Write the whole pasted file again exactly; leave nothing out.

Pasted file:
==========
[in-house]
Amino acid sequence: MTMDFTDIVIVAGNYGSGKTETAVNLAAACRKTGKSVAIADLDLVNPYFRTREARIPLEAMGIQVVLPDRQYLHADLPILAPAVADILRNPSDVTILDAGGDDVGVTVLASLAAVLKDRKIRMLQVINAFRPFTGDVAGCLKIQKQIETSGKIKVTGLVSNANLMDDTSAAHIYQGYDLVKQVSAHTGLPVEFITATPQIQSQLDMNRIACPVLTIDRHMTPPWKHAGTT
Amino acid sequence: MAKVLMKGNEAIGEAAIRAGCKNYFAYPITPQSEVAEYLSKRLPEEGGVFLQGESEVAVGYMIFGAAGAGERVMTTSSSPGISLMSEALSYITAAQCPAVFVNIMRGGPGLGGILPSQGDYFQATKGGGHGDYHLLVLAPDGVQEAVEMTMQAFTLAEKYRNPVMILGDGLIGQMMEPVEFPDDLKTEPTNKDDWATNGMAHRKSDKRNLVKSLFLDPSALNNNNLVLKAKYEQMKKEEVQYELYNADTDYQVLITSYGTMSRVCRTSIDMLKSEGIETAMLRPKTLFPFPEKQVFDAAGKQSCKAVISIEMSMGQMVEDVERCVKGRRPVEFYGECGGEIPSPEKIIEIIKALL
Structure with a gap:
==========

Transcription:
[in-house]
Amino acid sequence: MTMDFTDIVIVAGNYGSGKTETAVNLAAACRKTGKSVAIADLDLVNPYFRTREARIPLEAMGIQVVLPDRQYLHADLPILAPAVADILRNPSDVTILDAGGDDVGVTVLASLAAVLKDRKIRMLQVINAFRPFTGDVAGCLKIQKQIETSGKIKVTGLVSNANLMDDTSAAHIYQGYDLVKQVSAHTGLPVEFITATPQIQSQLDMNRIACPVLTIDRHMTPPWKHAGTT
Amino acid sequence: MAKVLMKGNEAIGEAAIRAGCKNYFAYPITPQSEVAEYLSKRLPEEGGVFLQGESEVAVGYMIFGAAGAGERVMTTSSSPGISLMSEALSYITAAQCPAVFVNIMRGGPGLGGILPSQGDYFQATKGGGHGDYHLLVLAPDGVQEAVEMTMQAFTLAEKYRNPVMILGDGLIGQMMEPVEFPDDLKTEPTNKDDWATNGMAHRKSDKRNLVKSLFLDPSALNNNNLVLKAKYEQMKKEEVQYELYNADTDYQVLITSYGTMSRVCRTSIDMLKSEGIETAMLRPKTLFPFPEKQVFDAAGKQSCKAVISIEMSMGQMVEDVERCVKGRRPVEFYGECGGEIPSPEKIIEIIKALL
Structure with a gap: